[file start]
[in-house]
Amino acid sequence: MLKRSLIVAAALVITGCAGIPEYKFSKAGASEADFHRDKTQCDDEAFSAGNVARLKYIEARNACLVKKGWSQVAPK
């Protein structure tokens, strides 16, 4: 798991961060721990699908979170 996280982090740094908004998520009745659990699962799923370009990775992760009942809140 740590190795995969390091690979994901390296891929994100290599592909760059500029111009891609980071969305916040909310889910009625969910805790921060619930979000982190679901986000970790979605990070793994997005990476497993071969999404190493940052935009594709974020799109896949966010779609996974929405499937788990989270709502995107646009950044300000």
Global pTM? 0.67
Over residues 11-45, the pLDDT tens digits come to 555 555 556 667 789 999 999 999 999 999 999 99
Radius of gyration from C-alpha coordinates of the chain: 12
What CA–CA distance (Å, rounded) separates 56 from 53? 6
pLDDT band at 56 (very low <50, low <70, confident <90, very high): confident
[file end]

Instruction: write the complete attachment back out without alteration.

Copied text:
[in-house]
Amino acid sequence: MLKRSLIVAAALVITGCAGIPEYKFSKAGASEADFHRDKTQCDDEAFSAGNVARLKYIEARNACLVKKGWSQVAPK
């Protein structure tokens, strides 16, 4: 798991961060721990699908979170 996280982090740094908004998520009745659990699962799923370009990775992760009942809140 740590190795995969390091690979994901390296891929994100290599592909760059500029111009891609980071969305916040909310889910009625969910805790921060619930979000982190679901986000970790979605990070793994997005990476497993071969999404190493940052935009594709974020799109896949966010779609996974929405499937788990989270709502995107646009950044300000």
Global pTM? 0.67
Over residues 11-45, the pLDDT tens digits come to 555 555 556 667 789 999 999 999 999 999 999 99
Radius of gyration from C-alpha coordinates of the chain: 12
What CA–CA distance (Å, rounded) separates 56 from 53? 6
pLDDT band at 56 (very low <50, low <70, confident <90, very high): confident